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Public Defender Rethinks Lawyers’ Role in Record Clearance

June 7, 2019

With a background in computer science, Damon Parrish was much more interested in intellectual property—that is, until he interned with the Harris County (TX) District Attorney’s Office.
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"You don’t want to have someone’s entire life to be, 'at 21, I committed robbery, and now I am 48 and still paying for it.'"

by Rashawn Davis, CSG Justice Center Staff 

Damon Parrish II is an assistant public defender with the Harris County Public Defender’s Office in Houston, Texas.

When Damon Parrish began studying at the Thurgood Marshall School of Law at Texas Southern University, he had no interest in eventually practicing criminal law. With a background in computer science, he was much more interested in intellectual property—that is, until he interned with the Harris County (TX) District Attorney’s Office. There, he saw firsthand the lasting negative effects a criminal record could have on a person’s life.

“You don’t want to have someone’s entire life to be, ‘at 21, I committed robbery, and now I am 48 and still paying for it,’” he said. “You don­­’t want that, an­­d it’s not fair or good for society.”

After a brief stint in private practice, Parrish joined the Harris County Public Defender’s Office, where he is an assistant public defender. He also volunteers providing indigent defense in communities around the county. As a volunteer lawyer, he meets clients attempting to seal their criminal records—which sometimes include only a single charge or conviction that is, in some cases, more than 20 years old. Parrish says it’s rewarding to watch clients who are able to have their criminal records sealed. Some of those clients have gone on to have successful careers, something he acknowledges can be difficult to achieve with a criminal record.

“I was able to see how they were able to continue forth with their lives and earn college degrees,” he remembers.

The impact of criminal record clearance became clear in Parrish’s personal life as well as in his work. Soon after joining the public defender’s office, he learned that a close friend had been arrested at 18 and was able to have their record expunged. That friend has now become a successful accountant.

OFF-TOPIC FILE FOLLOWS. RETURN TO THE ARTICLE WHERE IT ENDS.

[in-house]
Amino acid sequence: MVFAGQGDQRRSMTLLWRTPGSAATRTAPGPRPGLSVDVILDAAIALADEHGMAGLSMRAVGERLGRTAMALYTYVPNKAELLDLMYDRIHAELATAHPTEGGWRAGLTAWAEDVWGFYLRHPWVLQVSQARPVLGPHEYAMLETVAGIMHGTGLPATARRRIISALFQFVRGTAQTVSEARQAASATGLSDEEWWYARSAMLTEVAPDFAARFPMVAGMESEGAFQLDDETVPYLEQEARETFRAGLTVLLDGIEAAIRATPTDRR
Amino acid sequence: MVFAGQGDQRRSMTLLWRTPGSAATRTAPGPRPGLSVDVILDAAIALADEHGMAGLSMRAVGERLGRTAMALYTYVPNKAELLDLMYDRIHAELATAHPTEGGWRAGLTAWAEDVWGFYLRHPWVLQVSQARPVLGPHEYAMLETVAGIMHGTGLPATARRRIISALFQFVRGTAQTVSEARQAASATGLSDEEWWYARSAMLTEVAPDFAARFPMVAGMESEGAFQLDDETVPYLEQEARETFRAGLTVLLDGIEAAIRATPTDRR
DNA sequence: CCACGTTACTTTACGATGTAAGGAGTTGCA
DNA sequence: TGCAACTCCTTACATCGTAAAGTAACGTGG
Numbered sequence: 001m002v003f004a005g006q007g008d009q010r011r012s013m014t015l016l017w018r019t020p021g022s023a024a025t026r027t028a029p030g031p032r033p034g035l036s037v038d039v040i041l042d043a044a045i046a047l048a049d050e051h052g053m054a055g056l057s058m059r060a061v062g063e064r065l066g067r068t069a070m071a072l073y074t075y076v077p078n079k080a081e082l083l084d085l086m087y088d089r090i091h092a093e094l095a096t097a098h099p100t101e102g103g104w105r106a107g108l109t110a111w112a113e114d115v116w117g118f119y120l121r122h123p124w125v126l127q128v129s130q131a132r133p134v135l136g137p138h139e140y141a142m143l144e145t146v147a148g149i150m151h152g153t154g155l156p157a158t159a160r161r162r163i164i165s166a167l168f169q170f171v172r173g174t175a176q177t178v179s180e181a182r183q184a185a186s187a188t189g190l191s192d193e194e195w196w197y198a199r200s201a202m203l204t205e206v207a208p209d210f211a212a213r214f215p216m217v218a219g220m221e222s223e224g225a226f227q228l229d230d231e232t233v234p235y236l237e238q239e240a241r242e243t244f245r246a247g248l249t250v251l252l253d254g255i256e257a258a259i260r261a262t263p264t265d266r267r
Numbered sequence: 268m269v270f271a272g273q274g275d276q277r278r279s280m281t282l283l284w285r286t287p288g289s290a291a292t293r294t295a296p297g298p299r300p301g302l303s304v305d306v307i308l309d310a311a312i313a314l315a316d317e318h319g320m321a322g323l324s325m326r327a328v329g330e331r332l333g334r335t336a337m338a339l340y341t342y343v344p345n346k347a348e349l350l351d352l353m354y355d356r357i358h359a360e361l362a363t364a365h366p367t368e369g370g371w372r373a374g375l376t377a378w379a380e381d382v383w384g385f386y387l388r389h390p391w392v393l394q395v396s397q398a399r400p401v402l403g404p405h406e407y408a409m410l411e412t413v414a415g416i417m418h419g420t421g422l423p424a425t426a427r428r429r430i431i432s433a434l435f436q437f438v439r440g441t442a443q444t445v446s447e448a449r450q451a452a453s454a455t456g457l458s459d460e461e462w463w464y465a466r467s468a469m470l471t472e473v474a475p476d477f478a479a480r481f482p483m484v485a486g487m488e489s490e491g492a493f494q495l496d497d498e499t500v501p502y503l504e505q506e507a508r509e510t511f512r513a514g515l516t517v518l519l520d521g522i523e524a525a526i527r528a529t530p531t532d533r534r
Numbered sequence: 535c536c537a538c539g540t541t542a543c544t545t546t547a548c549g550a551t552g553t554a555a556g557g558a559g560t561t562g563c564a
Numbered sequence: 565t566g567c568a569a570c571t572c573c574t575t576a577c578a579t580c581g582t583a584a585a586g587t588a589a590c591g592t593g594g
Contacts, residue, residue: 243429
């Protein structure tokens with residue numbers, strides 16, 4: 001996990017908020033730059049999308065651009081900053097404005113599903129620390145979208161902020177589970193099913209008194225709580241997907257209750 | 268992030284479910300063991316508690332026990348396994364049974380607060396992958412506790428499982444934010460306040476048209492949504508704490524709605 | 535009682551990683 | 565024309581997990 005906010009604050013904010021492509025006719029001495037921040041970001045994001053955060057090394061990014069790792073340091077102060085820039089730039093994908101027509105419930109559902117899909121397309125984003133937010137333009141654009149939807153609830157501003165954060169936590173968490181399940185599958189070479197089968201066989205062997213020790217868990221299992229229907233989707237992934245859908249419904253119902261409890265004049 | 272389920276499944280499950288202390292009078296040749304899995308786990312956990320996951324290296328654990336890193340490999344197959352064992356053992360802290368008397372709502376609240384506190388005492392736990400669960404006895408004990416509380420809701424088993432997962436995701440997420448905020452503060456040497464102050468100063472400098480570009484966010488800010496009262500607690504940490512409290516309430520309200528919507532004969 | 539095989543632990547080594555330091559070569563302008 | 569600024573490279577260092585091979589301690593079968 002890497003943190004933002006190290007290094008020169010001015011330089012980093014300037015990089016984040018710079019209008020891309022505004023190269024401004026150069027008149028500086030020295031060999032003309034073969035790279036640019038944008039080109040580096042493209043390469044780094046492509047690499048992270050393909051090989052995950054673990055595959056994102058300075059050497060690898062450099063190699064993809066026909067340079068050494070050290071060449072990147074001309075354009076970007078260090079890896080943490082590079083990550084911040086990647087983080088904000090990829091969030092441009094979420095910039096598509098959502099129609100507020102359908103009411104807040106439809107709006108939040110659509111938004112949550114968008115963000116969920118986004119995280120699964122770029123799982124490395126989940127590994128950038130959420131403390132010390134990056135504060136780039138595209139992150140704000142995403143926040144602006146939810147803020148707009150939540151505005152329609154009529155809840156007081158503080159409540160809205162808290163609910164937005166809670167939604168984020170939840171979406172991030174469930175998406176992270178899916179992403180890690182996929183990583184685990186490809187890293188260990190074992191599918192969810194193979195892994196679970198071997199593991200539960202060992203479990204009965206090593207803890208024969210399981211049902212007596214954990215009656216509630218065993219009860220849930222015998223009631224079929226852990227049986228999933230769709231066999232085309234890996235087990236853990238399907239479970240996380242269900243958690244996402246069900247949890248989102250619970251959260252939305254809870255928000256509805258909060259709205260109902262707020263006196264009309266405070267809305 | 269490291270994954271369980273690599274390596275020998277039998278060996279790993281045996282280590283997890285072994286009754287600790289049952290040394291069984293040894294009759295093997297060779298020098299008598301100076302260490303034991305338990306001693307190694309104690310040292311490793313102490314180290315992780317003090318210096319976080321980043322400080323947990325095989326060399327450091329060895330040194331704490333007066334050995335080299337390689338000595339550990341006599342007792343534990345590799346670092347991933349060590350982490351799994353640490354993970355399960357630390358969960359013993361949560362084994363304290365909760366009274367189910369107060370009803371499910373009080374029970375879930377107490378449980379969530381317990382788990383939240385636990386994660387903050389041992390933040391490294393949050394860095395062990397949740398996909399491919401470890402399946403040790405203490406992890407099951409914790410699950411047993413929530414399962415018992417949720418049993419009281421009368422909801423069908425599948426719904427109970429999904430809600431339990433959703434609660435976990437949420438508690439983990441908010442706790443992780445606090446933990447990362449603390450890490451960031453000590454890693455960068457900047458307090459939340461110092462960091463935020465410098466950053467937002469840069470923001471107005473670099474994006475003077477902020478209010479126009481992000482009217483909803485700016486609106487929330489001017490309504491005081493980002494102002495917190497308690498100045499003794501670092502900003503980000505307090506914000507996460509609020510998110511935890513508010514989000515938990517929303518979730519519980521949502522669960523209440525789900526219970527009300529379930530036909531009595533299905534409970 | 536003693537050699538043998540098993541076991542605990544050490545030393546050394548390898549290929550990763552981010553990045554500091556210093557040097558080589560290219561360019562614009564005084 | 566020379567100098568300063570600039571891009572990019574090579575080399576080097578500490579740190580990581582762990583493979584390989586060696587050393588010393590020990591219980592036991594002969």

“But,” Parrish says. “He had the benefit of having his record cleared.”

Not everyone who has a criminal record may have the option to clear it once the case has been resolved—many people accept a plea deal or case resolution that could make their record ineligible for clearance in the future. Parrish considers understanding which charges and case resolutions are potentially eligible for clearance part of his responsibility as a defense attorney.

“Primarily, [my] goal is to secure an outcome for my client that is beneficial. And when I say that, I don’t just mean ‘guilty’ or ‘not guilty,’ but something that helps them not have their entire life be representative of this one particular issue,” he states.

However, even when people are eligible for record clearing, it’s not always pursued. Often, Parrish acknowledges, financial constraints pressure clients to focus on short-term goals like getting out of the courtroom and back to work instead of the long-term goal of clearing the criminal record.

“When you’re living paycheck to paycheck, your immediate goal is not record clearing but being done with this and [being] able to get back to work,” he explains.

The record clearance process can be costly as well as time consuming. In addition to statutory fees, the process can include hiring an attorney separate from the one that litigated your defense to guide you through clearance. This often creates an even greater financial burden for the client to take on. And while some legal service organizations may offer free or discounted services for record clearance, these resources may be limited. Additionally, the clearance process involves many complex steps, something Parrish says also discourages clients from pursuing their expungement or sealing options.

For Parrish, these burdens are especially harsh for people whose charges have been dismissed or who were found not guilty. In cases such as these, he says, pertinent charges should be cleared from the person’s record automatically.

Parrish is optimistic about the future of criminal record clearance in Texas from watching the experiences of his clients. Fueling that optimism is the fact that legislators around the country are beginning to have substantive dialogues about reforming criminal justice systems, specifically regarding record clearance. Parrish also looks forward to expanding record clearance programming locally through his work at the Harris County Public Defender’s Office.

Parrish believes public defenders will play a critical role in expanding record clearance by informing policymakers about the effects it has on recidivism and outcomes. This is particularly due to public defenders’ deep knowledge of the criminal justice system, the people involved in it, and communities impacted by it.

Someday, he expects, policies around clearance will include a broader set of offenses eligible for record clearance, as well as automatic implementation of that clearance, which will make record clearance more accessible for those eligible for it.

Or, as he puts it, “the law will catch up.”

The statements made reflect the views of the subject and authors and should not be considered the official position of The Council of State Governments Justice Center, members of The Council of State Governments, or the funding agency supporting the work.

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